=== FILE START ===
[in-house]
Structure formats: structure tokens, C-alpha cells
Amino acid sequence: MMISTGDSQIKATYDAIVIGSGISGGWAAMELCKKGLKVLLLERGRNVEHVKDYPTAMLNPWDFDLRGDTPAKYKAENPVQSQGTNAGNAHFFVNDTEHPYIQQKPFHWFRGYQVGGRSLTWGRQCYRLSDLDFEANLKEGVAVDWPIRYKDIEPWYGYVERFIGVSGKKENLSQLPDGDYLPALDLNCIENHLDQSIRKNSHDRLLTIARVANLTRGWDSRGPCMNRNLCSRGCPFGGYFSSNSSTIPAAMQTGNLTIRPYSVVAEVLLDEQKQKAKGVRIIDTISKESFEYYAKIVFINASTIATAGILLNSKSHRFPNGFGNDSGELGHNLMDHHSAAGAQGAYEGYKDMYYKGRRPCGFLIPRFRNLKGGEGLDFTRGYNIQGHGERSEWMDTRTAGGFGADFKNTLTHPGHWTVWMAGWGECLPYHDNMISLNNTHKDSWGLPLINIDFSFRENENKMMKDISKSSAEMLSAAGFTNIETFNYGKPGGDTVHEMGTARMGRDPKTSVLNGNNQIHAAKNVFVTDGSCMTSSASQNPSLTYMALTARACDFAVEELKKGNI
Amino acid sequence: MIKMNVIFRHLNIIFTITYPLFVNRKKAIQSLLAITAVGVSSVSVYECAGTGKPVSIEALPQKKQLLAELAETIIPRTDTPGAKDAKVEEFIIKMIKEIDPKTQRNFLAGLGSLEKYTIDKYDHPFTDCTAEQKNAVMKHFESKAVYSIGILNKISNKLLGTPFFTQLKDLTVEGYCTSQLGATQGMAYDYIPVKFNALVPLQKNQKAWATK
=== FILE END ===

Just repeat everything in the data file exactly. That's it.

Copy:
[in-house]
Structure formats: structure tokens, C-alpha cells
Amino acid sequence: MMISTGDSQIKATYDAIVIGSGISGGWAAMELCKKGLKVLLLERGRNVEHVKDYPTAMLNPWDFDLRGDTPAKYKAENPVQSQGTNAGNAHFFVNDTEHPYIQQKPFHWFRGYQVGGRSLTWGRQCYRLSDLDFEANLKEGVAVDWPIRYKDIEPWYGYVERFIGVSGKKENLSQLPDGDYLPALDLNCIENHLDQSIRKNSHDRLLTIARVANLTRGWDSRGPCMNRNLCSRGCPFGGYFSSNSSTIPAAMQTGNLTIRPYSVVAEVLLDEQKQKAKGVRIIDTISKESFEYYAKIVFINASTIATAGILLNSKSHRFPNGFGNDSGELGHNLMDHHSAAGAQGAYEGYKDMYYKGRRPCGFLIPRFRNLKGGEGLDFTRGYNIQGHGERSEWMDTRTAGGFGADFKNTLTHPGHWTVWMAGWGECLPYHDNMISLNNTHKDSWGLPLINIDFSFRENENKMMKDISKSSAEMLSAAGFTNIETFNYGKPGGDTVHEMGTARMGRDPKTSVLNGNNQIHAAKNVFVTDGSCMTSSASQNPSLTYMALTARACDFAVEELKKGNI
Amino acid sequence: MIKMNVIFRHLNIIFTITYPLFVNRKKAIQSLLAITAVGVSSVSVYECAGTGKPVSIEALPQKKQLLAELAETIIPRTDTPGAKDAKVEEFIIKMIKEIDPKTQRNFLAGLGSLEKYTIDKYDHPFTDCTAEQKNAVMKHFESKAVYSIGILNKISNKLLGTPFFTQLKDLTVEGYCTSQLGATQGMAYDYIPVKFNALVPLQKNQKAWATK